· In the maritime industry, Greece is undoubtedly the global leading power. Greece holds the first place in ship ownership. At the same time, the Greek-flagged vessels, amounting to 60% of the EU’s commercial vessels, render Greece 5th in the world and number one in the European Union.
· The structural reforms in the economic environment, including the new Development Law, the Tax Law, the Public Private Partnership Law, and the New Investment Incentives Law, all aim at supporting Greece’s competitiveness and upgraded role.
· According to recent figures, in the first 10 months of 2005, the total value of exports was €12,605mn as compared to €11,094mn during the same time period in 2004, presenting a 13.6% increase - one of the highest increases in exports among all eurozone members.
· Greece is among the first investment partners in Bulgaria, Romania, Serbia and Montenegro, Albania, and the Former Yugoslav Republic of Macedonia, while it also strengthens its leading role in the financial services sector of the region. Greece is a stabilizing force in South East Europe but also a driving force for the accession of the broader area to the European Union and other institutions that foster cooperation and peace.
· Greece implements the Plan for the Economic Reconstruction of the Balkans, a five-year development aid programme which will allocate a total amount of 550 million euros from the national budget to foster peace, stability and the European orientation of South East Europe countries.
· Greek banks have been among the top performers in the European banking sector. The operations of Greek banks in the wider region, extending from South East Europe to Poland are expanding at double-digit rates of growth every year.
· Greece plays a key role as an energy hub in South East Europe, where the signing of the political agreement with Russia and Bulgaria (2005) on the construction of the Bourgas-Alexandroupolis oil pipeline marked a historic moment. The construction of the Greek-Turkish gas pipeline is well under way. The landmark Single Energy Community Treaty (2005) aims at institutionalizing, in a binding way, energy cooperation between the EU and South East Europe.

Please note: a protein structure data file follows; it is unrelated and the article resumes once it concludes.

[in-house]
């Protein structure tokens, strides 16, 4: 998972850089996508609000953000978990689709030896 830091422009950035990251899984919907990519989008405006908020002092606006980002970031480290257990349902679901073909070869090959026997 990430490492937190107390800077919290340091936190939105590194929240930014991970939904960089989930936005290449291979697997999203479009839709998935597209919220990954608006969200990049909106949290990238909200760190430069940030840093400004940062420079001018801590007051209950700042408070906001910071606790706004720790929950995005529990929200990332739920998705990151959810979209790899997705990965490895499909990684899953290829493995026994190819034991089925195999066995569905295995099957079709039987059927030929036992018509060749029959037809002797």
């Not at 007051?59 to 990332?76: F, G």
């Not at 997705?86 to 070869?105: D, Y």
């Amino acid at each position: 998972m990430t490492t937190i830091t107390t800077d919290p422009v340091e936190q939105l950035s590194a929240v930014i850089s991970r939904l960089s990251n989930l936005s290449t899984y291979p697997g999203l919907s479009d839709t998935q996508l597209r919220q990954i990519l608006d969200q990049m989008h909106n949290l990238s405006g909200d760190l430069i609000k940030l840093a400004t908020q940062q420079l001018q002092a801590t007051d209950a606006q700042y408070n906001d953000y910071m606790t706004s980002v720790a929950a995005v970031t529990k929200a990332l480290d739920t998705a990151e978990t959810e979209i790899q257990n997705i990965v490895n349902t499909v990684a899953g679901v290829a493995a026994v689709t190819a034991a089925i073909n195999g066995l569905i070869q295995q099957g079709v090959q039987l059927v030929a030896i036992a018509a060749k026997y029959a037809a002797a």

· Greece signed a protocol (2005) for the construction of the underwater gas pipeline between Greece and Italy, which will carry gas to the rest of Western Europe.
· Investments in the ‘Renewable Energy Resources’ market are highly encouraged and are expected to be extremely successful given Greece’s environment, the large part of Aeolian potential that remains unexploited, and the large proportion of water potential. Several European and Asian power-producing companies are in close collaboration with their Greek counterparts on various important investments of international scale.
Greece - Heritage & Contemporary Cultural Creation
· Greece is a product of cultural and political encounters, of the streaming together of ideas, customs, languages, knowledge, and people in southern Europe and the eastern Mediterranean since antiquity. Greece's cultural heritage can be described as largely based on a skillful reshaping of elements from Ancient Greek imagination, Byzantine glories and European Modernity that form a cosmopolitan spirit of modern "Hellenism".